Yau was born in Shantou, Guangdong Province, China with an ancestry in Jiaoling in a family of eight children.When Yau was fourteen his father, a philosophy professor, died. Yau moved to Hong Kong with his family where, after graduating from , he studied mathematics at the Chinese University of Hong Kong from 1966 to 1969. He undertook graduate studies at the University of California, Berkeley, where his advisor was Shiing-Shen Chern. After receiving his Ph.D. in Mathematics in 1971, he spent a post-doctoral year at the Institute for Advanced Study. He then spent two years as an assistant professor at the State University of New York at Stony Brook.
In 1974 he was appointed a professor at Stanford University. In 1976 he proved on a class of manifolds now named Calabi-Yau manifolds, which has now become the geometric ground where physicists build their string theory. He returned to the Institute for Advanced Study as a professor in 1979. In that year, together with his former doctoral student Richard Schoen, he proved the positive energy theorem in general relativity. From 1984 to 1987 he was a professor at . In 1987 he moved to Harvard University, where he remains. Yau has served as the chair of the Harvard mathematics department since 2008.
His revolutionary use of the methods of partial differential equations in the area of differential geometry has had a lasting impact on geometry.
Educational and research activities
Yau is renowned as an energetic teacher and educator. He has advised more than 50 PhD students, with many of them receiving professorships. His book with Richard M. Schoen, ''Lectures on Differential Geometry'', is a popular text for students of differential geometry and geometric analysis. In other works, he has collected hundreds of unsolved problems in geometry and topology. In the 1990s, Kefeng Liu,Bong Lian and Yau wrote a series of papers on the mirror conjecture and its generalizations. During 2005, Kefeng Liu，Xiaofeng Sun and Yau systematically studied the geometric aspects of the moduli space of Riemann Surfaces, and they proved that many known metrics on the moduli space are equivalent to one metric, which is now called the Liu-Sun-Yau metric. This theorem was conjectured by Yau much earlier.
Yau has devoted much of his time to the development of mathematics in China. He is the founder of Morningside Center of Mathematics in Beijing and in Zhejiang University. From August 2002, Yau and his colleagues organized conferences, workshops and summer schools in Zhejiang University. In the summer of 2004, Yau was chief organizer of the International Conference in Memory of Armand Borel, held in Hangzhou.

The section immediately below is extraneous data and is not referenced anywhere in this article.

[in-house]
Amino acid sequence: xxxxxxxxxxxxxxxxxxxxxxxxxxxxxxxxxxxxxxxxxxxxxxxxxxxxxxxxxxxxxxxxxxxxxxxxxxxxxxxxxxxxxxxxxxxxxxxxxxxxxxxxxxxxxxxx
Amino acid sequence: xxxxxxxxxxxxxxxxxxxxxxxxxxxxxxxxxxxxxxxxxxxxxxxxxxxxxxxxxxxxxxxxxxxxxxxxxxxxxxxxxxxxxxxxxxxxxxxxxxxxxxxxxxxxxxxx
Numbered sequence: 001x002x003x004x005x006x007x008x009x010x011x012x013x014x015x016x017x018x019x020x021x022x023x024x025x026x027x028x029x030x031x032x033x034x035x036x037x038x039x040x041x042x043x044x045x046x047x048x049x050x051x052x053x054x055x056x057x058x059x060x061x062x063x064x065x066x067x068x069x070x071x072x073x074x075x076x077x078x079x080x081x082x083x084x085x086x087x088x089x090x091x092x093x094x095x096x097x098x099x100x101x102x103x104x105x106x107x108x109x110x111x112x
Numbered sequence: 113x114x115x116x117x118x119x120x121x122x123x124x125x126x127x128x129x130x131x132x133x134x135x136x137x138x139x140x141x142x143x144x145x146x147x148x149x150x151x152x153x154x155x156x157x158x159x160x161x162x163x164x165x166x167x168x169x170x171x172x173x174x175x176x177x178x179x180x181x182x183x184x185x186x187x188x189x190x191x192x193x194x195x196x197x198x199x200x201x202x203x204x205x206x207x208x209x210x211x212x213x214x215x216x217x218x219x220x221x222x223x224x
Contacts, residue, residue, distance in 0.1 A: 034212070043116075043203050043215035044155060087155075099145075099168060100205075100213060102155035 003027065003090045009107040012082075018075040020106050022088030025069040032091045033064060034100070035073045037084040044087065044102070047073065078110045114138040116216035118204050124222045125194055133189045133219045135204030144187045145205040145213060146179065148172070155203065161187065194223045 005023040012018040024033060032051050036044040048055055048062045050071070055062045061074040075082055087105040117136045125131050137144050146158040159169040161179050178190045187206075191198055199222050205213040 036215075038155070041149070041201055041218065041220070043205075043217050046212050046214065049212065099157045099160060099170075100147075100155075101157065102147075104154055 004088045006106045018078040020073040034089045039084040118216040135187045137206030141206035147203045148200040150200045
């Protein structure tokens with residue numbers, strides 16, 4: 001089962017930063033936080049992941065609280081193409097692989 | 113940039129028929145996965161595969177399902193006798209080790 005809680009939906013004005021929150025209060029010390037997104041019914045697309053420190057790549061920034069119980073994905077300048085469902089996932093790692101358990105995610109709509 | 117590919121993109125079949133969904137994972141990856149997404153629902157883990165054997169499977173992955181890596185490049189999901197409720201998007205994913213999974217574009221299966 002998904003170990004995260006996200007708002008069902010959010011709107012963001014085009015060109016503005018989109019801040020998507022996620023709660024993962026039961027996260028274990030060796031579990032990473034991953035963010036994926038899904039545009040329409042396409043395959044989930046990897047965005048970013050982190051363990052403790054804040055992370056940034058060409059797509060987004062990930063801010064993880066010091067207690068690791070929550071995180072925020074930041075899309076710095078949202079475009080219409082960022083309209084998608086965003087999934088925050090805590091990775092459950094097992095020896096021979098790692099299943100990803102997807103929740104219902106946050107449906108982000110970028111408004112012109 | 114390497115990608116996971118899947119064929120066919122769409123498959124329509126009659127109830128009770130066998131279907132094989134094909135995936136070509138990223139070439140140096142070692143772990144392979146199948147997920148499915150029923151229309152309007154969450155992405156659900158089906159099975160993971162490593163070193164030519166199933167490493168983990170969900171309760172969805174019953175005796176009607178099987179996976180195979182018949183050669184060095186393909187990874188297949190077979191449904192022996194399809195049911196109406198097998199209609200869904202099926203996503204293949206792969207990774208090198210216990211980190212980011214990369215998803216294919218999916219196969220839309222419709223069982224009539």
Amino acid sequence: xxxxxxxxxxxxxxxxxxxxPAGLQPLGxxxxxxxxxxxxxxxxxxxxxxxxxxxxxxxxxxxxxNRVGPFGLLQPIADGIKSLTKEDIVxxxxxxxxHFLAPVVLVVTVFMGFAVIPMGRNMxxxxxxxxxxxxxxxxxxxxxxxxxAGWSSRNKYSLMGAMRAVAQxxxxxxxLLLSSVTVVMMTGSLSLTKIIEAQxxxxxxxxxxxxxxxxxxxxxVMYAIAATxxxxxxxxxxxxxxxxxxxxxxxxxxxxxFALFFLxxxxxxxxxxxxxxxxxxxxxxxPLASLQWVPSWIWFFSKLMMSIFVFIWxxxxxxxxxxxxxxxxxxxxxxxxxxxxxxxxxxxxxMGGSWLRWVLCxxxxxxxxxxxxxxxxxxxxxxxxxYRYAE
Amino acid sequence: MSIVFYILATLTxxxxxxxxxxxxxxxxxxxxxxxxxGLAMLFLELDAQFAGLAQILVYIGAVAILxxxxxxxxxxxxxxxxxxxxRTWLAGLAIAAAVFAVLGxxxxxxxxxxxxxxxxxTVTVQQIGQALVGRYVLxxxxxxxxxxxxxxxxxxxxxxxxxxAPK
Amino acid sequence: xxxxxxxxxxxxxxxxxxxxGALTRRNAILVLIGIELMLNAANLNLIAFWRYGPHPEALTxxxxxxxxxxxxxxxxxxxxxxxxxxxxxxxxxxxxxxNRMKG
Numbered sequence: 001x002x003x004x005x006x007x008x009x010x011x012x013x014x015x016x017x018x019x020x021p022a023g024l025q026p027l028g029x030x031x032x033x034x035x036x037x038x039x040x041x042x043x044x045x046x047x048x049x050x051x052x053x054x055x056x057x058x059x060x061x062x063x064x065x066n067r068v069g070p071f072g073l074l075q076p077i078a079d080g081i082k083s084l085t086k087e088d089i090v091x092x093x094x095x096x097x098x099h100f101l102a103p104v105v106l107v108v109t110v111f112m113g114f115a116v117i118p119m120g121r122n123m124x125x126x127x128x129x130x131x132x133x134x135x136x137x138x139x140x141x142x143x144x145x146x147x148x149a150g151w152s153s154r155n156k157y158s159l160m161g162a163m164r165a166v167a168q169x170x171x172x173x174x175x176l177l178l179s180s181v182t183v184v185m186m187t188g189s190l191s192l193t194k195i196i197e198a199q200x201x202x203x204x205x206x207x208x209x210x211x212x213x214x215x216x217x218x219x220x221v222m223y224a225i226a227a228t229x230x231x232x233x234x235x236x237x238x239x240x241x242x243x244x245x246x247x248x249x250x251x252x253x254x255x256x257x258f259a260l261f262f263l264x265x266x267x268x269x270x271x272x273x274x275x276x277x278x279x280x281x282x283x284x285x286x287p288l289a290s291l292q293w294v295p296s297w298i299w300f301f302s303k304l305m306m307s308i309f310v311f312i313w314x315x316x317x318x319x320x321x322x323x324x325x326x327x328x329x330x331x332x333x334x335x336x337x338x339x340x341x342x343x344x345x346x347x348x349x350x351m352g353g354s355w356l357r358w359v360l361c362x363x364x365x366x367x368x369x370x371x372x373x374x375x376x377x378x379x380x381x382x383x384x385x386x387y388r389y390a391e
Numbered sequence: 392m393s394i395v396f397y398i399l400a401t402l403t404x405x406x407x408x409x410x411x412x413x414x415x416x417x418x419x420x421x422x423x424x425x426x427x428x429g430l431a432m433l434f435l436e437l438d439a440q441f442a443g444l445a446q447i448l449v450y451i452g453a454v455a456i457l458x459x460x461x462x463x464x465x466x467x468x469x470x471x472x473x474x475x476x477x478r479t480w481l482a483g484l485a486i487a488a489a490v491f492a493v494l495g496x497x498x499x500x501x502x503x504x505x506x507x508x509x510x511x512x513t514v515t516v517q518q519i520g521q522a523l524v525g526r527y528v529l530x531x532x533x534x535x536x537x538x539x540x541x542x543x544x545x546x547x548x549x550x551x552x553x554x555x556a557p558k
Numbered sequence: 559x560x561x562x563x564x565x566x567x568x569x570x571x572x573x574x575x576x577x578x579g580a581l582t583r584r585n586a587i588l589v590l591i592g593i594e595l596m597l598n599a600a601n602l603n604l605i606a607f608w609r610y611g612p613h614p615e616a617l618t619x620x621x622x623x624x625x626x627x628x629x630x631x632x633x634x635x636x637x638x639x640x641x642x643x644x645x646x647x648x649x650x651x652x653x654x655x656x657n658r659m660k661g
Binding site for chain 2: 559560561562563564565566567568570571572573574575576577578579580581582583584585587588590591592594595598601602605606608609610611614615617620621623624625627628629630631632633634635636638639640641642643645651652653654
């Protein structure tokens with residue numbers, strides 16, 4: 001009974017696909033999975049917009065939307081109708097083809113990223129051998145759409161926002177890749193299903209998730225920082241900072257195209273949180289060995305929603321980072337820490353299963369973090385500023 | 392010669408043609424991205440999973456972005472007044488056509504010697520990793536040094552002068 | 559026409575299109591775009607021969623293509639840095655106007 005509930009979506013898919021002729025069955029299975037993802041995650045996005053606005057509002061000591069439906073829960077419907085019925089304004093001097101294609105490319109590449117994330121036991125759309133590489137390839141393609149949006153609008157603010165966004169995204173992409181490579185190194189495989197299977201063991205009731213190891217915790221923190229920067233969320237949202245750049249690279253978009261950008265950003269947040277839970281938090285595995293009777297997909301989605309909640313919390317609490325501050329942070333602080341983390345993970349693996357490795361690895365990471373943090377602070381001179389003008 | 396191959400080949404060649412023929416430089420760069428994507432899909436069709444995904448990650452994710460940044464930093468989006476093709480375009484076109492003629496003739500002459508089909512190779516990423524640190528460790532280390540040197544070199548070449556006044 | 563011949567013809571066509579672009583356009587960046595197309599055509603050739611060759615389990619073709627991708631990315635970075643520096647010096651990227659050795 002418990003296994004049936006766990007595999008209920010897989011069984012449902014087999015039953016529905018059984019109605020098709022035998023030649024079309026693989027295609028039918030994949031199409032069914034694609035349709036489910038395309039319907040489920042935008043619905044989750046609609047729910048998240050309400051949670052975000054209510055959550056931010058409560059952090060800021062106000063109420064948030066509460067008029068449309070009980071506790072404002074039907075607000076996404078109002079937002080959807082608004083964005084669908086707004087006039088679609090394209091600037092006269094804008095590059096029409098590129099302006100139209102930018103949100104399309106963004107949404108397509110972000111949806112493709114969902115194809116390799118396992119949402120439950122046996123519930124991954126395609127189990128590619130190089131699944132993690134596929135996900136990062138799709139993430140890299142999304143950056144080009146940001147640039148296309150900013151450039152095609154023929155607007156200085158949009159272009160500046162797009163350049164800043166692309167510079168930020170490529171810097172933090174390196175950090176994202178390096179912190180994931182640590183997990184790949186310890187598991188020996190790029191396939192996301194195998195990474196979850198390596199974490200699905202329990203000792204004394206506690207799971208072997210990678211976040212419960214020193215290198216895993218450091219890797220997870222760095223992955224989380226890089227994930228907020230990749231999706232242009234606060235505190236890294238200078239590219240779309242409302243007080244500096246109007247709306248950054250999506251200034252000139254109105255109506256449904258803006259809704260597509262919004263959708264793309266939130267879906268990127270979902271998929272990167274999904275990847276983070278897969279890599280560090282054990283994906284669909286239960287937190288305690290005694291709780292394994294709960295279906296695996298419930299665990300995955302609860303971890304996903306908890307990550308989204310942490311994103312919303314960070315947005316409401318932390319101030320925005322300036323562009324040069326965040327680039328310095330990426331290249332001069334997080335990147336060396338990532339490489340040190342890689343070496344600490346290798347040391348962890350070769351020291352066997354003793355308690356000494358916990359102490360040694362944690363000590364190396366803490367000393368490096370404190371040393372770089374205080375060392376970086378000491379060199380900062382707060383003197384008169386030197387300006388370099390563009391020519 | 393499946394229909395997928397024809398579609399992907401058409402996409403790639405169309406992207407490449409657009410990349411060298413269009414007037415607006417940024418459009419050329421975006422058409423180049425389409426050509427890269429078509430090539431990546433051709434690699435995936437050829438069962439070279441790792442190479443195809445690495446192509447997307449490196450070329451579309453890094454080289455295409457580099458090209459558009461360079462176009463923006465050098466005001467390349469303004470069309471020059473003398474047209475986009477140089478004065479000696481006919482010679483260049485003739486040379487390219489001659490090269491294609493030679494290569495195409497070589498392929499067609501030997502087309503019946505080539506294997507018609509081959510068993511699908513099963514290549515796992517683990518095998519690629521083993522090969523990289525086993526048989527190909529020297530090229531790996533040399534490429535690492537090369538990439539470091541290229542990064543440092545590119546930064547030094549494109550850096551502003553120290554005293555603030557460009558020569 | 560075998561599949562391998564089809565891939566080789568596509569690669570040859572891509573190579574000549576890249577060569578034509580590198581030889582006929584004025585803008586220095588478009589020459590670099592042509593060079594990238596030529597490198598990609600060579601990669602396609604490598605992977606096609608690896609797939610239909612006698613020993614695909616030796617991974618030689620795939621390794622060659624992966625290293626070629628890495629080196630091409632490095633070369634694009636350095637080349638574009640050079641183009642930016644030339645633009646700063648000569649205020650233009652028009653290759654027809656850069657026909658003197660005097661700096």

Yau was chief organizer of Strings 2006, an international physics conference on string theory, held at the Great Hall of the People in Beijing. Among the lecturers was physicist Stephen Hawking, a long time friend of Yau.
Yau has recently been highly active in alleging widespread academic in , particularly concerning the mathematics field.
Honours and awards
Yau has received a number of awards. These include the Fields Medal in 1982 "for his contributions to partial differential equations, to the Calabi conjecture in algebraic geometry, to the of general relativity theory, and to real and complex Monge-Ampère equations", a MacArthur Fellowship in 1984, the Crafoord Prize in 1994, and the National Medal of Science in 1997.
His name is according to its pronunciation in Standard Cantonese. He loves traditional Chinese literature, and he has written many Chinese poems.
Poincaré conjecture debates
In August 2006, a '''' article on the Poincaré conjecture, "", discussed Yau's relationship to that famous problem.
Yau claims this article is , and in September 2006 he established a public relations website, managed by the PR firm Spector and Associates, to dispute points in it and demand an apology. As of April 05, 2007, fifteen mathematics professors, including two quoted in the ''New Yorker'' article, have posted letters of support on Yau's website. The ''New Yorker'' reportedly stands by its article.
On October 17, 2006, a more sympathetic profile of Yau appeared, along with photographs from different stages of his life, in the ''''. After recounting Yau's humble beginnings and rise to academic stardom, it devotes about half its length to the affair. The article acknowledges that Yau's egotism and high-profile activities, including criticism of Chinese academia, have alienated some of his colleagues and that Yau's promotion of the Cao-Zhu paper "annoyed many mathematicians, who felt that Dr. Yau had slighted Dr. Perelman." It paints Yau as ultimately more concerned with the development of mathematics than with his reputation. In regards to the Perelman affair, the article focuses on Yau's position, which is that Perelman's proof was not understood by all, and he "had a duty to dig out the truth of the proof."